scores on doors

How Does Scores On Doors Benefit A Local Council?

It is obvious that Scores On Doors is a benefit to customers and serves as a good guide for food businesses. But why should a city council consider using this food safety program? And how does this food safety benefit a city council?

The Four Main Reasons For Councils To Consider Scores On Doors

There are beyond the four following listed reasons why a council should consider using this program. But here are the four big one!

  1. No Additional Work

    The Scores On Doors follows the standard NSW inspection checklist (Food Premises Assessment Report or FPAR) that most councils already enforce on food premise inspections. The FPAR is free to councils and is given by the NSW Food Authority. It has built-in checkpoints that calculates the Scores on Doors rating. They also provide the display certificates and stickers at no cost for each of the three rating grades. All the council has to do is sen inspection staff to hand these over at the conclusion of the inspection.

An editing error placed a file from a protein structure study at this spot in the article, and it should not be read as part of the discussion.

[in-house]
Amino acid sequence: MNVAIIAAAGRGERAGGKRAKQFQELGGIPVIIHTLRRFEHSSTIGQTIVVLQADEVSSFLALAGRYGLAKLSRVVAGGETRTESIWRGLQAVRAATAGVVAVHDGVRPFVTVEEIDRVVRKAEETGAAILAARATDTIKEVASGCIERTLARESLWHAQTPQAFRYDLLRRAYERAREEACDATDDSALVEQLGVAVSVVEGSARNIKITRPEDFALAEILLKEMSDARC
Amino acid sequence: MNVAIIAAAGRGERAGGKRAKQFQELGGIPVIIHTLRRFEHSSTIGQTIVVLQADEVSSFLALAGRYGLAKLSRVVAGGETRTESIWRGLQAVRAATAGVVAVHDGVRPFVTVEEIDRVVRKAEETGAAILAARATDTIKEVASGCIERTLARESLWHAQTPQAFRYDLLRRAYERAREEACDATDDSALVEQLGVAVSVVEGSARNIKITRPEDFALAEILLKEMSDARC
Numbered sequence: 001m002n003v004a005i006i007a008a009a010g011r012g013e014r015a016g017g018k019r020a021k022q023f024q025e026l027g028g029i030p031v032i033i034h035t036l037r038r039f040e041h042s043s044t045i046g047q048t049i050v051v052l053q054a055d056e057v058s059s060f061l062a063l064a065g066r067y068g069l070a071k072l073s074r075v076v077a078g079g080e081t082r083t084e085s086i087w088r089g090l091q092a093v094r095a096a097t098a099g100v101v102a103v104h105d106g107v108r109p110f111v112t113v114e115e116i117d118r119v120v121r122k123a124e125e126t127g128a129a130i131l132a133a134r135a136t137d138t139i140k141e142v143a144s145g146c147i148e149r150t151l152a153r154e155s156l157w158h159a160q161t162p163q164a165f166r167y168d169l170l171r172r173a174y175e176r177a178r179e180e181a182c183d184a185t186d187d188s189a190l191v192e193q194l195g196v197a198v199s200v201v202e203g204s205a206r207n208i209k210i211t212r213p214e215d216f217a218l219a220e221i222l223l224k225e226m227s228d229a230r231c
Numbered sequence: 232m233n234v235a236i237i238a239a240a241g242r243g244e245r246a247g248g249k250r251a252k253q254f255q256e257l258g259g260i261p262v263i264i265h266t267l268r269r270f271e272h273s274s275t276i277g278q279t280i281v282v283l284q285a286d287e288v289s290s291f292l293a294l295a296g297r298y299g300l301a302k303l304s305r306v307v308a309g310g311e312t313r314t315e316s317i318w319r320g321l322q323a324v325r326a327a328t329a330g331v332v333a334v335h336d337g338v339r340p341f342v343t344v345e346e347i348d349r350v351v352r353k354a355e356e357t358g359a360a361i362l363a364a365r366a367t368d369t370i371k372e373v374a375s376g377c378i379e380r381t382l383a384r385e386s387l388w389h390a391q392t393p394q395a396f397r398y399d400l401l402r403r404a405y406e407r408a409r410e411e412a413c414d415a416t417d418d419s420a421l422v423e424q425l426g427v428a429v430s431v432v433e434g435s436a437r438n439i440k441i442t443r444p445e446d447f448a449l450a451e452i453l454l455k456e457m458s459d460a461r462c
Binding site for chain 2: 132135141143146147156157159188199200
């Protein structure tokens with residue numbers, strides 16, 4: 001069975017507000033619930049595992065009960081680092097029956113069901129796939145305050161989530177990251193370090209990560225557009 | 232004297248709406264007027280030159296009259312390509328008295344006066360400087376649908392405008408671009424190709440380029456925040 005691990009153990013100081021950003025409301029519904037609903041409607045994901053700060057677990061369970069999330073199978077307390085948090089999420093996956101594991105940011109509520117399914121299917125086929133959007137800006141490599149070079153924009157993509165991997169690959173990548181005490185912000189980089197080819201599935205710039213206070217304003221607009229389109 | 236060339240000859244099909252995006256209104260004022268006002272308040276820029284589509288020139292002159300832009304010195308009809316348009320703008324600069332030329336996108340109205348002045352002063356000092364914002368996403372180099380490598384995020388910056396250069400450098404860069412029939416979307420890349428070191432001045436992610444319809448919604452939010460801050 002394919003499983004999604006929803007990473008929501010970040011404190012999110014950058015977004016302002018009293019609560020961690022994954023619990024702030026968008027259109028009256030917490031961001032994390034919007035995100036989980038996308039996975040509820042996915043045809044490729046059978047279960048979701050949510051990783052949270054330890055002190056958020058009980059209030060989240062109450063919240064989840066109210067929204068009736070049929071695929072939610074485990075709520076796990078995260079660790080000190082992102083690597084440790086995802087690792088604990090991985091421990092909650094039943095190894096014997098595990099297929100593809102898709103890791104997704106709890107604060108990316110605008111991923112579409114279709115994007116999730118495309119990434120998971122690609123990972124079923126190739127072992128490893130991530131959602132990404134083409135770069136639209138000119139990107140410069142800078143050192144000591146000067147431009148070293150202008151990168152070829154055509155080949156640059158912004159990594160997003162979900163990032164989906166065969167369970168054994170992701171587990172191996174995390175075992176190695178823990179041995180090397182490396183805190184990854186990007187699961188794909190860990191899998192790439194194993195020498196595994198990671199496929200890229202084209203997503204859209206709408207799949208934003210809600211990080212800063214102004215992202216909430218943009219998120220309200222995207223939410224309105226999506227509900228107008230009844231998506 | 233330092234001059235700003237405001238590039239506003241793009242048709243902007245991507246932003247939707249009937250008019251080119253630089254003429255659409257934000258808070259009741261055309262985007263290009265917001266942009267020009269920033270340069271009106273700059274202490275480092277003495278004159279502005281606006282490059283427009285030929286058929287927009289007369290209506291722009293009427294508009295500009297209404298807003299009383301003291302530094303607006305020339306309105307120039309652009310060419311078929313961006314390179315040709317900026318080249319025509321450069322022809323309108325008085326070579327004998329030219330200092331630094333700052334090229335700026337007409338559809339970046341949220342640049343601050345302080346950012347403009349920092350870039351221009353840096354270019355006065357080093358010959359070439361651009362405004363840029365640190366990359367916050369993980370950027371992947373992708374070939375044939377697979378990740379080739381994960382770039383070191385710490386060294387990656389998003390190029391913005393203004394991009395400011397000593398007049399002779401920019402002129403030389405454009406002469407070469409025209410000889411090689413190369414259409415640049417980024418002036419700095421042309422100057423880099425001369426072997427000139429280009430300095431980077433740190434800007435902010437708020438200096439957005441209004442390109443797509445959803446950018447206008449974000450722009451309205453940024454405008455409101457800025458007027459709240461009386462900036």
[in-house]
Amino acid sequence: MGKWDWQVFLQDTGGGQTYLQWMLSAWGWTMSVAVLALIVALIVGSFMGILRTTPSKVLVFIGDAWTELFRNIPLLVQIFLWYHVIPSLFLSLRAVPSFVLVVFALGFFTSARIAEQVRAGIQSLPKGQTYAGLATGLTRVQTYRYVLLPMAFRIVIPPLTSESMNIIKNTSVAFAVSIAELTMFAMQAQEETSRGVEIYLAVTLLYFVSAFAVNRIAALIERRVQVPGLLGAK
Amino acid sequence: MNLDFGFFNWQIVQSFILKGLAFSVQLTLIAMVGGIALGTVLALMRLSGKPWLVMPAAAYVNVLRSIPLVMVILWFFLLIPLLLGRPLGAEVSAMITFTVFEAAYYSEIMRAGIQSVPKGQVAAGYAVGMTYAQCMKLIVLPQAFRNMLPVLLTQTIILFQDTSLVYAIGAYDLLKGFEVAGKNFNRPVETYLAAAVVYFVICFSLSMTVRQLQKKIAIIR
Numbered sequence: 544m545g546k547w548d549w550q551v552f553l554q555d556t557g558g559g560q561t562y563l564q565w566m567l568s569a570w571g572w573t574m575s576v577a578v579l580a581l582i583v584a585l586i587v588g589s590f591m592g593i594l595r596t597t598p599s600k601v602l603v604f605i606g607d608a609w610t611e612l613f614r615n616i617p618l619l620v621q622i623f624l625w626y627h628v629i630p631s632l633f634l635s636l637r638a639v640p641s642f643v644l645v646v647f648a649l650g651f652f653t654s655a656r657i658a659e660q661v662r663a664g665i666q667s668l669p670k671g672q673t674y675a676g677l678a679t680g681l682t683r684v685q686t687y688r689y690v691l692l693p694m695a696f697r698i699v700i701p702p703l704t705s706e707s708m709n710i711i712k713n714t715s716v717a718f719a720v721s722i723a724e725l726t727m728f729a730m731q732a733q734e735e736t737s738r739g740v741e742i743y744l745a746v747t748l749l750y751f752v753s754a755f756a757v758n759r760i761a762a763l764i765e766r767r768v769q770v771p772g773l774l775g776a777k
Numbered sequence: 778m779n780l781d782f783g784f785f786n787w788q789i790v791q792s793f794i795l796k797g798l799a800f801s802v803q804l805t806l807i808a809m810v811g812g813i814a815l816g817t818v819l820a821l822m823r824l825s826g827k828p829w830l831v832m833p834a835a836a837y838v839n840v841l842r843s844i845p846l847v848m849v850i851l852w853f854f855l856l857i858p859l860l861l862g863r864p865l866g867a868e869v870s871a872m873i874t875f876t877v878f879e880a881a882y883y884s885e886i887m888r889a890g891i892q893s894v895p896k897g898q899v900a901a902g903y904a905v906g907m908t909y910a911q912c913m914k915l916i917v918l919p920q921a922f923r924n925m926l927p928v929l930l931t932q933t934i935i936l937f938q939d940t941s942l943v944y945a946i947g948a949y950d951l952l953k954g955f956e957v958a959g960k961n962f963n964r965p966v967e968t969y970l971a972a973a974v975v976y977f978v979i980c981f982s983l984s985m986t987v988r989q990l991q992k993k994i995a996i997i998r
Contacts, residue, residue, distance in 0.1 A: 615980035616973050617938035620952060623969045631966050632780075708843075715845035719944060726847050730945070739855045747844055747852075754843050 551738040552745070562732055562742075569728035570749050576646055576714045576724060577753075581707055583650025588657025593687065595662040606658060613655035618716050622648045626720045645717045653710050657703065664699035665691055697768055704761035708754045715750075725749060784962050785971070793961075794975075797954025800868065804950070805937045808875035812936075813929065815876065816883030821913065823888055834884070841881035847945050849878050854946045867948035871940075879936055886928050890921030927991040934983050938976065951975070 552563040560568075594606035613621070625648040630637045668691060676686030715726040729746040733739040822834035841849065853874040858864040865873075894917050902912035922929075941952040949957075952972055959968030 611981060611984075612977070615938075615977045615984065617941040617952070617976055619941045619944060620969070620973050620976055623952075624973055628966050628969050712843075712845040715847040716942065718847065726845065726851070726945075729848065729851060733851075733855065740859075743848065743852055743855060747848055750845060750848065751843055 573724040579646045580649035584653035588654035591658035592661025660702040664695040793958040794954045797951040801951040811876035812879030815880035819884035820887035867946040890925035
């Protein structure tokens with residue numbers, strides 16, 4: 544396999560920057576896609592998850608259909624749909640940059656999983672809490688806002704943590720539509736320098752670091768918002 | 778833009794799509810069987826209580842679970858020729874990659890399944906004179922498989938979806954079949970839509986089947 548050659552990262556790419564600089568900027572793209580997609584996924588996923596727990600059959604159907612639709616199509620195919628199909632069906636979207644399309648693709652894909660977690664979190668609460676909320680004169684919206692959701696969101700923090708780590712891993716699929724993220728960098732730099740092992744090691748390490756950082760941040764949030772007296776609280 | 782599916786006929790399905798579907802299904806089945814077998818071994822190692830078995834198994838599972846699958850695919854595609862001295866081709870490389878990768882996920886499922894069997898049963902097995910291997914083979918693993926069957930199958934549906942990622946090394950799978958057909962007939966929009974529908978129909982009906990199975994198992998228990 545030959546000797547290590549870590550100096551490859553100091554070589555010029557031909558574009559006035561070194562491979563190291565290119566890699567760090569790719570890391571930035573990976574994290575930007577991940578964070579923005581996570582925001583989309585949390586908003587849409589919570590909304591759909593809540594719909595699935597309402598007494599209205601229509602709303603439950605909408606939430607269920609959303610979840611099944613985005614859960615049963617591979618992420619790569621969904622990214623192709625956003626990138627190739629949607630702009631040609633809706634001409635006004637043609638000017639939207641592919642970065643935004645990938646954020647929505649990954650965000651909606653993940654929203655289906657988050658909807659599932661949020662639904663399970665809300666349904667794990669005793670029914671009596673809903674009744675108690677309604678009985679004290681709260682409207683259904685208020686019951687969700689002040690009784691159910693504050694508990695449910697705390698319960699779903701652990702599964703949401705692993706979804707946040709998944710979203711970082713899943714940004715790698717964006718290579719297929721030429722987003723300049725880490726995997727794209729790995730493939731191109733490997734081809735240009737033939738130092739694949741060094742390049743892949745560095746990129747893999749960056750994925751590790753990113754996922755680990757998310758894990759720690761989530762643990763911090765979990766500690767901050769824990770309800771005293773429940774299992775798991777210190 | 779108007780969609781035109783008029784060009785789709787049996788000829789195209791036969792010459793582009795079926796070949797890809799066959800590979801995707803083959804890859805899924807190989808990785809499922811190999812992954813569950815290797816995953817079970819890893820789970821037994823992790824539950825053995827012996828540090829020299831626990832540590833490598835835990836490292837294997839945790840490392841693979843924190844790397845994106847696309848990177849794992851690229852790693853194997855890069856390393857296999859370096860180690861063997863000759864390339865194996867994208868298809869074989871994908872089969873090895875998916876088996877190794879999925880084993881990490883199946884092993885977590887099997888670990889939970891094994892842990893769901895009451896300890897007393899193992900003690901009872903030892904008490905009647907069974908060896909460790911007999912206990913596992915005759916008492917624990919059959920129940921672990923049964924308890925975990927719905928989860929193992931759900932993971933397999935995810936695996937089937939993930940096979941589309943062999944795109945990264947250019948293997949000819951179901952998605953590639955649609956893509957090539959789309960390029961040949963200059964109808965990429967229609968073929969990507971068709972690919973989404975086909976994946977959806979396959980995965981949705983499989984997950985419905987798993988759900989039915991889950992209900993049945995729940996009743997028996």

2. Visible Inspection Activity

    Scores On Doors is the best way for councils to showcase their investment in food safety. It provides an easy-to-understand rating system. Scores On Doors is also a reminder to the public that the council is actively working to maintain and promote high standards of hygiene and food safety in businesses.

  3. More Efficient Use of Resource

    Food businesses will have the pressure of maintaining higher standards for hygiene and food safety with Scores On Doors. With their rating available for the world to see, it can lead to greater levels of compliance and therefore less need for follow-up visits and resource intensive compliance action. It can also mean fewer consumer complaints.

  4. Stronger Local Economy

    Areas known to have a proactive council that visibly monitors food safety standards can help draw more consumers into the area for dining and food service and consequently benefit the local economy. Having Scores On Doors means that food business and council inspection staff will work closer together to improve the levels of hygiene and food safety levels within a business.

As a food business or a consumer, do you see Scores On Doors in your area? If not, do you need to encourage your council to get in on this food safety incentive?

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